Back to the story….Somehow through our conversation we came up with a plan where Marc would spend some time with him just skating, having fun, maybe teach him some tricks, and then that experience could potentially form the basis of a project at school. I liked the idea because not only would my student have a good time, but he would meet a well-known, sponsored skateboarder who also has a day job – dispelling his belief that he won’t need one if he gets sponsored. I spoke with my student’s mother, who loved the idea, and we set the plan in motion.

contemplating the first moveI showed up at my student’s house this morning and he was SHOCKED, to say the least! You should have seen the look on his face to see his teacher at his door on a Sunday morning! I told him that I had a friend who wanted to meet him and that he’d need his skateboard. His parents gave him permission to leave with me and off we went.

I think he remained a bit in shock, and was definitely shy, for much of the afternoon. At one point he came out of the skateboarding area to take a break and I told him that we only had about 30 minutes left before Marc had to leave. He looked at me with big eyes, threw his helmet back on his head, and rolled back down to join Marc.
we've all got our mountain to climb

He definitely took advantage of the rest of their time together. From where I was sitting it looked like they were working pretty hard at trying to do some kind of spinning trick (fakie nose something or other…it’s beyond me!). When he finally landed it he turned to look at Marc and did a ‘Yeah!‘, you know, hands balled in fists and elbows thrown back past the waist, and that made it worth it for me. I sure wish I had caught that on film.

'xplainin long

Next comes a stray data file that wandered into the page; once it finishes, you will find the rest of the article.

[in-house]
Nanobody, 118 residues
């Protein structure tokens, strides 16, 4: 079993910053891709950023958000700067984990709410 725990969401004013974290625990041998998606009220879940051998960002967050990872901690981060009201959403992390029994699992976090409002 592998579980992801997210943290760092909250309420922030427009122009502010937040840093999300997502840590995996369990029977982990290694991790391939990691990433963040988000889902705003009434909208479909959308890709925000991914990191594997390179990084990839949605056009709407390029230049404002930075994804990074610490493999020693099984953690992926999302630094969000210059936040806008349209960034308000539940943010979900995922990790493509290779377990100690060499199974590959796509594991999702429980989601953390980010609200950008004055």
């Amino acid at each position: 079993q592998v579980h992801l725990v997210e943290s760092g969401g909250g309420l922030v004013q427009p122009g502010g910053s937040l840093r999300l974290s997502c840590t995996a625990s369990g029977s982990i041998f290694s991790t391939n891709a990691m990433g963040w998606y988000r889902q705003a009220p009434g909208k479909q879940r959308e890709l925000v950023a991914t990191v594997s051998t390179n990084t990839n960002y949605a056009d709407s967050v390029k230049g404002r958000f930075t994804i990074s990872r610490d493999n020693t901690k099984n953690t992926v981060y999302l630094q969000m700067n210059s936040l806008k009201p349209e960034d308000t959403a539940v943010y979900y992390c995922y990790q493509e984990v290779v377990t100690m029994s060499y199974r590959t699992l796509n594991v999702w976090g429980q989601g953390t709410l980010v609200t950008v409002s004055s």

Marc gave my student a copy of Pipe Fiends: A Visual Overdose of Canada’s Most Infamous Skate Spot, a book he compiled and wrote with his friend Barry Walsh about ‘the pipe’ near the Olympic Stadium in Montreal (which I will be borrowing from him soon…) along with a whack of other fun stuff – stickers, posters, a t-shirt (‘cool, I hope it fits, I want to wear it tomorrow‘).

As soon as he got into my car at the end of it all there was NO DOUBT that he had enjoyed the afternoon at the skatepark with Marc. Non stop talking about what they spoke about (‘he said I had inspired him to try a trick he hadn’t done in 10 years and he even landed it!‘) and that he can’t wait until it’s nice out so he could go try out the pipe (poor guy, he’s going to have to wait a good 3 or 4 months before it’s nice out again in Montreal…).

So…where will we go from here?
I’m going to introduce him to podcasting so that publishing to his blog and his wiki pages becomes less of a struggle for him and today’s experience will be incorporated into those spaces. And since he is one of the older students in the class I will train him to teach the others how to do the same.

I’m also thinking that, as a stepping stone for proficiency with the microphone and talking to an audience, I may ask him to create some voice threads about the photos from today.

We could also possibly look at the idea of community and examine why Marc, an established skater, would want to spend time with him, someone just starting out.

I’d like to also plan some kind of post-day communication between my student and Marc – a thank you note at least, but hopefully something more in depth…but I will stop there and let my student continue with the planning (though I may offer some, er, suggestions). After all, it was his day :)

Major, MAJOR respect goes out to Marc for coming through on this little project that meant a lot for one kid and his teacher.